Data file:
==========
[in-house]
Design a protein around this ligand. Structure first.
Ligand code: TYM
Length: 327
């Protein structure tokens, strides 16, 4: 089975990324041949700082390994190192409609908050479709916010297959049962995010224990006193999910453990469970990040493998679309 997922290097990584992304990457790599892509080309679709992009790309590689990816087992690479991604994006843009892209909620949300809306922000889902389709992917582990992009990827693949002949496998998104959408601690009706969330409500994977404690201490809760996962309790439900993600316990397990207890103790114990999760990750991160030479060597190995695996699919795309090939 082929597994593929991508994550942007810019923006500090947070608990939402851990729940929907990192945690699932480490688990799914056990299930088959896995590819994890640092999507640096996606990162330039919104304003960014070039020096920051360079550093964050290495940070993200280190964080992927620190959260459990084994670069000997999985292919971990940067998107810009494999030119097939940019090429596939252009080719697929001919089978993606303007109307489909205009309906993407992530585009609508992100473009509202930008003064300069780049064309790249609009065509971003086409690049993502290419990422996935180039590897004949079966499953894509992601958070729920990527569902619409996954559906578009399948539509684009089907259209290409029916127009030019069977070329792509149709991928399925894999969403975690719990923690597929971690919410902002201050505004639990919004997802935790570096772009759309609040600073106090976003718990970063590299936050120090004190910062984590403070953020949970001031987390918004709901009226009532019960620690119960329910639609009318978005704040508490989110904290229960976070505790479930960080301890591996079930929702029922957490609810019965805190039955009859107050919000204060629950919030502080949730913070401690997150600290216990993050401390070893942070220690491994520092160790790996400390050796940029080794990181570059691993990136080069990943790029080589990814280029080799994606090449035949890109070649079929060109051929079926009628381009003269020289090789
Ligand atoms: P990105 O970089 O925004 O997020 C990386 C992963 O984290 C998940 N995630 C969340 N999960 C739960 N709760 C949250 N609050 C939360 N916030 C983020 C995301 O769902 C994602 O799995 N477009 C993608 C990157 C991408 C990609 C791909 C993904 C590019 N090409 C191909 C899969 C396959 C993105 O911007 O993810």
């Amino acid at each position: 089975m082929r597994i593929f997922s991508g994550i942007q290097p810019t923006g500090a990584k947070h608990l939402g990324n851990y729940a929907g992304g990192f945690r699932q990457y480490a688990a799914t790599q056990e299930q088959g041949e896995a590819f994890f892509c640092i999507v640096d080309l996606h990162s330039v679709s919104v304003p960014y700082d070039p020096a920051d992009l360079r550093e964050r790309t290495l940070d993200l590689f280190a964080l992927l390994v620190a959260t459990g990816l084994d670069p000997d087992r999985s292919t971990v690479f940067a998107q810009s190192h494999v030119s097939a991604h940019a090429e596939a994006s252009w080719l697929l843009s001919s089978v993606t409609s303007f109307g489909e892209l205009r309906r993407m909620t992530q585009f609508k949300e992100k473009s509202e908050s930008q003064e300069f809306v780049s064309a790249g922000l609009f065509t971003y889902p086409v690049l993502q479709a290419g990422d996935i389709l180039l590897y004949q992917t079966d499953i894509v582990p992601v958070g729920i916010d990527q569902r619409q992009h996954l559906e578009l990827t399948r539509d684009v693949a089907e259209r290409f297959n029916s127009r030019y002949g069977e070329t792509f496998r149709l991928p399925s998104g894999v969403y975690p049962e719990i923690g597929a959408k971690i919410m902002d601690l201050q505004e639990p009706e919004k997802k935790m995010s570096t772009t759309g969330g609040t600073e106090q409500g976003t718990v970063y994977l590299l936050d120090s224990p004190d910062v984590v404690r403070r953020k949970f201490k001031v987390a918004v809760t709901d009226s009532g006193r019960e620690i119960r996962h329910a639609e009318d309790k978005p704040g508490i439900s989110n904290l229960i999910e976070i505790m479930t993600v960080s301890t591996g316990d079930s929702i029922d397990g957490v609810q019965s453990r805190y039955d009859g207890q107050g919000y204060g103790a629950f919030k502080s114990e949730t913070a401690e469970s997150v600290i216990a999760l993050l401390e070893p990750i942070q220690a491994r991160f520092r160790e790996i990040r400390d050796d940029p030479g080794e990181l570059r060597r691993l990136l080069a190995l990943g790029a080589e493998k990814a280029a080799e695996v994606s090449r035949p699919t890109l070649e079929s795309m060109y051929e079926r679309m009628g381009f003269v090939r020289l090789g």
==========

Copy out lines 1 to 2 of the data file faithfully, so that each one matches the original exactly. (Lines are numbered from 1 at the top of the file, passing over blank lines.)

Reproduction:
[in-house]
Design a protein around this ligand. Structure first.